List of parishes where Arbëresh is still spoken, which has changed over to the Latin rite

The icons and their meaning

In the context of Byzantine and Slavic culture, the icons are a valuable and culturally important part. The term icon comes from the ancient Greek εἰκών, (eikón), which means "picture" or a picture of a saint painted on wood . The icon is actually the graphic expression of the Christian message, which is why the icons in the Slavic languages ​​are not painted, but "written". Thus one can speak of theological and not of religious art. The big difference between the Byzantine icons and the Catholic paintings lies in the vision of iconography , which in the Byzantine rite requires a profound spiritual preparation, more than a mere technical skill. Before the artist begins to paint, he spends a period of asceticism in order to enter into a dialogue with the divine through spiritual and spiritual purification and thus to be "inspired" for the success of the icon. Through this special spiritual path and its theological content, the icons are considered the work of God, which is expressed through the hands of the icon painter.

Known Arbëresh

Giovanni Francesco Albani as Pope Clement XI.
Pasquale Baffi
Luigi Giura
Girolamo de Rada (before 1903)
Agesilao Milano
Giuseppe Schirò
Francesco Crispi (about 1893)
  • Andrea Alessi (1425–1505), sculptor and architect
  • Luca Baffa (1427? –1517), leader and captain of the Albanian mercenaries, naturalized Italian; he was a soldier in the service of Ferdinand I and Ferdinand II.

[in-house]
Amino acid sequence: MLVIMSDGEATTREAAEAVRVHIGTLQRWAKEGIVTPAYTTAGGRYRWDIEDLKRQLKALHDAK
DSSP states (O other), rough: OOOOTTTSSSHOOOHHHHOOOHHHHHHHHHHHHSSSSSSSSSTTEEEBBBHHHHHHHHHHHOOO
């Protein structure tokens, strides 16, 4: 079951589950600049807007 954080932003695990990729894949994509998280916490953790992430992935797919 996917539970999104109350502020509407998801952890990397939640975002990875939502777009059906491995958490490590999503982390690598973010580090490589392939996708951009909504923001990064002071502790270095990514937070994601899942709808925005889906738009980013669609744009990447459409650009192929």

• Marin Barleti (1450–1513), Catholic cleric, humanist and historian of Albania
  • Giovanni de Baffa (1460? –1483), Franciscan (possibly son of Luca Baffa)
  • Demetrio Reres (15th century), Albanian general in the service of Alfonso I.
  • Gian Girolamo Albani (1504–1591), cardinal of the Catholic Church.
  • Giorgio Basta (1540–1607), son of Demetrio, ensign, commander in the Dutch army, governor of Nivelle
  • Demetrio Capuzzimati (15th / 16th century), Albanian captain in the service of Charles V; Founder of San Marzano di Giuseppe in Apulia
  • Lekë Matrënga (Italian Luca Matranga ; 1567-1619), Orthodox clergyman and author
  • Giovanni Francesco Albani (1649-1721); as Pope Clement XI. from 1700 to 1721
  • Annibale Albani (1682–1751), cardinal and bishop
  • Giorgio Guzzetta (1682–1756), priest of the Greco-Byzantine rite of the Albanian minority in Sicily
  • Antonio Brancato (1688–1760), priest of the Greco-Byzantine rite, Italian-Albanian poet
  • Felice Samuele Rodotà (1691–1740), first ordaining bishop of the Greco-Byzantine rite for the Arbëresh in Calabria.
  • Alessandro Albani (1692–1779), cardinal
  • Nicolò Figlia (1693–1769), priest of the Greco-Byzantine rite, Italian-Albanian writer